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Overview for Alfred Hitchcock
Alfred Hitchcock

Alfred Hitchcock

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TCM Archive Materials VIEW ALL ARCHIVES (18)

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The Enforcer ... Humphrey Bogart (THE MALTESE FALCON) is in fine form as a crusading District... more info $19.47was $29.95 Buy Now

Dial M for... When American writer Mark Halliday visits the very married Margot Wendice in... more info $30.95was $35.99 Buy Now

Alfred... This is a wonderful and revealing film about famed horror and suspense director... more info $5.95was $9.95 Buy Now

Henri... For forty years, Henri Langlois presided over the Cinemathques Francaise with... more info $17.95was $24.95 Buy Now

The 39 Steps... THE 39 STEPS is a heart-racing spy story by Alfred Hitchcock (PSYCHO), following... more info $29.96was $39.95 Buy Now

Also Known As: Alfred Joseph Hitchcock,Sir Alfred Hitchcock Died: April 29, 1980
Born: August 13, 1899 Cause of Death:
Birth Place: Leytonstone, England, GB Profession: Director ... director screenwriter producer assistant director production designer title designer layout assistant technical estimator sketch artist
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BIOGRAPHY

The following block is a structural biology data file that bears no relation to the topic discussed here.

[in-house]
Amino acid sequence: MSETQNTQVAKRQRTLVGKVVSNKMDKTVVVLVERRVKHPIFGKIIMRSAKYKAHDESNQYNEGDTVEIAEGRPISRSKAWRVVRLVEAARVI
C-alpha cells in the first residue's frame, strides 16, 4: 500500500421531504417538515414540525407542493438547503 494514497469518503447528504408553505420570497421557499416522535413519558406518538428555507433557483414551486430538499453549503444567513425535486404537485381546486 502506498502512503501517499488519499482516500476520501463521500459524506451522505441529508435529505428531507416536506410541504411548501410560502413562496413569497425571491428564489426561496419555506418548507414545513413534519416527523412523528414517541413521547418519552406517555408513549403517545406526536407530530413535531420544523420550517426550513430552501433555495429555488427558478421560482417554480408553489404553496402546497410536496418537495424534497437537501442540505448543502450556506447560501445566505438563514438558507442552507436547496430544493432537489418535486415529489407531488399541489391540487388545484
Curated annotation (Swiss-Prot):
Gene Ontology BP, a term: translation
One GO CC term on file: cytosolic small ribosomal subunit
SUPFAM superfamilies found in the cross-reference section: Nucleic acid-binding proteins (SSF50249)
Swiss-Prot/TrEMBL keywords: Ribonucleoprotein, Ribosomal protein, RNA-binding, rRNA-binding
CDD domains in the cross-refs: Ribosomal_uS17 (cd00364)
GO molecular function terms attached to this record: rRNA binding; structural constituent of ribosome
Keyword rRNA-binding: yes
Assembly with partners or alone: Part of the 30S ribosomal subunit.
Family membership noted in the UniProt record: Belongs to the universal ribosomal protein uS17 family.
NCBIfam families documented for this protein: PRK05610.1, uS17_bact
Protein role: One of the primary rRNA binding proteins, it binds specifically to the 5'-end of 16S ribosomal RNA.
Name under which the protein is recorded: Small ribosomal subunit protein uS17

The acknowledged master of the thriller genre he virtually invented, director Alfred Hitchcock was also a brilliant technician who deftly blended sex, suspense and humor while creating a number of motifs and devices - most famously the MacGuffin - to advance his intricate plots. Hitchcock went through four distinct periods throughout his career, starting with his silent period where he made "The Lodger" (1926) and a handful of others before entering the sound era and properly beginning his so-called British period. During the 1930s, he honed his master of suspense chops with a number of acclaimed espionage films like "The 39 Steps" (1935), "The Secret Agent" (1936) and "Sabotage" (1936). He attracted the attention of Hollywood with "The Lady Vanishes" (1938) and embarked on the third phase of his career, starting with "Rebecca" (1940), "Foreign Correspondent" (1940), "Suspicion" (1941) and "Shadow of a Doubt" (1943). After "Spellbound" (1945), Hitchcock directed "Notorious" (1946), his most emotionally mature film at the time. Fond of ordinary men accused of crimes they did not commit and icy blondes in despair, Hitchcock entered the most artistically fruitful part of his career, directing "Strangers on a Train" (1951), "To Catch a Thief" (1955) and "The Wrong Man" (1956) alongside masterpieces like "Rear Window" (1954), "Vertigo" (1958), "North by Northwest" (1959) and "Psycho" (1960). Though he faltered after "The Birds" (1963), Hitchcock remained a highly influential director whose life and career retained a high level of interest decades after his death.

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